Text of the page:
Saturday, January 11, 2014
2014: The Year Global Warming Deniers Will Wish They Were Right!
Two and a half years ago, in a blog post entitled 'If You Think It's Hot Now Just Wait a Few Years', I referenced climatologist S. George Philander who - 13 years earlier- wrote a hot-button piece in Eos: Transactions of the American Geophysical Union (March 31, 1998) entitled:‘Who is El Nino?’
Philander argued that El Nino and its sister cycle 'La Nina' are not merely the yings and yangs of a meteorological cycle but offshoots of climate change in terms of their expected future behavior. Thus, as more CO2 is pumped into the atmosphere (as indicated by the Keeling curve - which shows CO2 injection has exceeded the absorption capacity of the oceans), El Nino will ramp up leading to blistering hot and dry conditions, even as La Nina brings cooler spells and precip in alternate periods. However, unmentioned is the game changer of altered albedo.
Each El Nino cycle that over-warms, has pernicious and permanent effects on the Arctic, leading to ever more polar ice melting and large glaciers retreating, including much of the land mass of Greenland. The situation worsens as rising temperatures (from higher CO2 levels) lead to earlier and earlier melting, Prolonged Arctic melting- the mechanism of which is shown below:
exposes ever more surface area- thereby reducing the albedo or reflectivity of the surface - leading to increased absorption of solar radiation. Meanwhile, bare ice is much less reflective than snow, absorbing even more solar radiation and further speeding any melting. (In the diagram, the red arrows indicate incoming radiation and the blue arrows indicate radiation reflected back into space. Percentages give the amounts of reflected incoming solar radiation).
As anyone can see (even without a physics background)the above process over time results in ever diminished reflection of solar radiation back into space, a darker Earth surface - with more IR (infrared radiation)absorbed - which reinforces more melting, which in turn leads to more absorbed solar radiation and ever more melting - in a positive feedback loop that will become ever more consolidated.
Now, we learn that El Nino is about to ramp up again this year. This is bad news given that even in the absence of El Nino, 2013 was one of the hottest years on record. Readers may find this incredible given the bone chilling cold recently, but last month was the warmest December in 30 years. Now, with El Nino's next onset the stage is set for heat records to be broken like never before. In some quarters there are projections that this may be the hottest year ever recorded (TIME, 'El Nino Is On Its Way', Jan. 13, p.41)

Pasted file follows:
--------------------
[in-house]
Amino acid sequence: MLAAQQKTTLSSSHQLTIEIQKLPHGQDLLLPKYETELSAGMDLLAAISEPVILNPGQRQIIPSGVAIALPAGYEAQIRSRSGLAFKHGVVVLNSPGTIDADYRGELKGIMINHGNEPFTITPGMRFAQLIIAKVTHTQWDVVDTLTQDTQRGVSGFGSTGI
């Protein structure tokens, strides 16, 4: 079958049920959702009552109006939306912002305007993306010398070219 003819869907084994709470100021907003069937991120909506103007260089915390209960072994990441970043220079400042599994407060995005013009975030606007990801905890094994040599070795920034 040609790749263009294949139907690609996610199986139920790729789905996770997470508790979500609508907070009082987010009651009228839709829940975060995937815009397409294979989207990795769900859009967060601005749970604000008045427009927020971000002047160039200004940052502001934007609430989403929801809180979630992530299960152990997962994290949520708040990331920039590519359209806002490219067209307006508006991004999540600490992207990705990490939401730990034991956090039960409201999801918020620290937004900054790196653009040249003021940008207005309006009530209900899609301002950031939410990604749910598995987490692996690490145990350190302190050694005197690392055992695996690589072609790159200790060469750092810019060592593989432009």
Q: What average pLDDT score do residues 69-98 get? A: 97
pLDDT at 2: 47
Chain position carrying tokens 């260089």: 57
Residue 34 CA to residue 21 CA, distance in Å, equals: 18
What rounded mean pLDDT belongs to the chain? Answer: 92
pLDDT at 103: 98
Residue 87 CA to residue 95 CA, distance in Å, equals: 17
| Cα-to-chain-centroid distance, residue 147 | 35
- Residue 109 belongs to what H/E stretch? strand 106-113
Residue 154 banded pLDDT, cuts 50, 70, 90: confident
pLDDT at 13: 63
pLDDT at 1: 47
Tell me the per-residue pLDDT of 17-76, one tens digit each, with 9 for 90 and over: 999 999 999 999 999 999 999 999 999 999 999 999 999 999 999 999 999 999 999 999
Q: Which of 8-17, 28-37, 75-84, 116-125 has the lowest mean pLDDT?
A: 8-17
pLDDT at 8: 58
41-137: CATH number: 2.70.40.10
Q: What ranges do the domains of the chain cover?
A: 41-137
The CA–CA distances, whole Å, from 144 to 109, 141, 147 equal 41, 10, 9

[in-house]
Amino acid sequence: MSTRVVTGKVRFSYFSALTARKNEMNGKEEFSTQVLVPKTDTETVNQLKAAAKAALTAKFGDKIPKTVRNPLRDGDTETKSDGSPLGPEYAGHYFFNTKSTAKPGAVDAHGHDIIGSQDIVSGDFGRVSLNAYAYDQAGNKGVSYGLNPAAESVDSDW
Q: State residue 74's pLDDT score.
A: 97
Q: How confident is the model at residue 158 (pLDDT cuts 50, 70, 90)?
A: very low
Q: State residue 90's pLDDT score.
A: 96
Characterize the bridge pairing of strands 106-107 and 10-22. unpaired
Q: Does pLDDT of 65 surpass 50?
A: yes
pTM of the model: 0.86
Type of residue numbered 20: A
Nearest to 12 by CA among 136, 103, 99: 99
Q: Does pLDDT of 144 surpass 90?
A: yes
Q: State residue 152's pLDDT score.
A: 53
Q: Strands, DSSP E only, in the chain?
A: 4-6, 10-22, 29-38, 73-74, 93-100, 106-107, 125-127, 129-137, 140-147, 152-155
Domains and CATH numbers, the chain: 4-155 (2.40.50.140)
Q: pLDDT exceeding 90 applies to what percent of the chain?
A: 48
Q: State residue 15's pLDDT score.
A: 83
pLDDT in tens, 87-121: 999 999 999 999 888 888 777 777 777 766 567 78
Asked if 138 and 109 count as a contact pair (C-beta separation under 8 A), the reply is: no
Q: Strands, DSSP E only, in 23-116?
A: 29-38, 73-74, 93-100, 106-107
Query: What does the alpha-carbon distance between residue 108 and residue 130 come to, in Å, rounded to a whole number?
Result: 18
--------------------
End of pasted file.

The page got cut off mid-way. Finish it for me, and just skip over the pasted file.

As Philander and others have noted (op. cit.) El Nino conditions are incepted when the surface waters of the Southern Pacific become abnormally warm. This is critical given the Pacific covers some 30 percent of the planet's area. With the solar insolation at some 1360 watts/m^2 this means the added energy will force an array of radical weather changes globally. It can also trigger extremes of weather conditions such as we've seen the past few El Nino cycles, i.e. extreme rainfall in parts of the Western Hemisphere along with prolonged dry conditions in Asia.
Other dynamical changes triggered by El Nino can affect quality of life, even food availability. For example, because El Nino can reduce the upwelling of cold, nutrient rich sea water (i.e. that supports large fish populations in the Pacific) and destroy coral reefs - marine life can be decimated. Already there are shortages of certain fish, e.g. blue fin tuna, and these are going to get much worse over this year as El Nino unfolds.
Apart from that, there is the spread of more tropical diseases, including dengue fever, schistosomiasis, malaria, and West Nile fever - and likely others. (I look for an emergence of Rift Valley Fever in the U.S. along with dengue.) It is estimated the strong 1997-98 El Nino cost the U.S. some $25b in health care costs and hours lost on the job. This marked the year when West Nile really began to spread, and it also marked the increased incidence of worm infestation of human brains, especially around the world, e.g.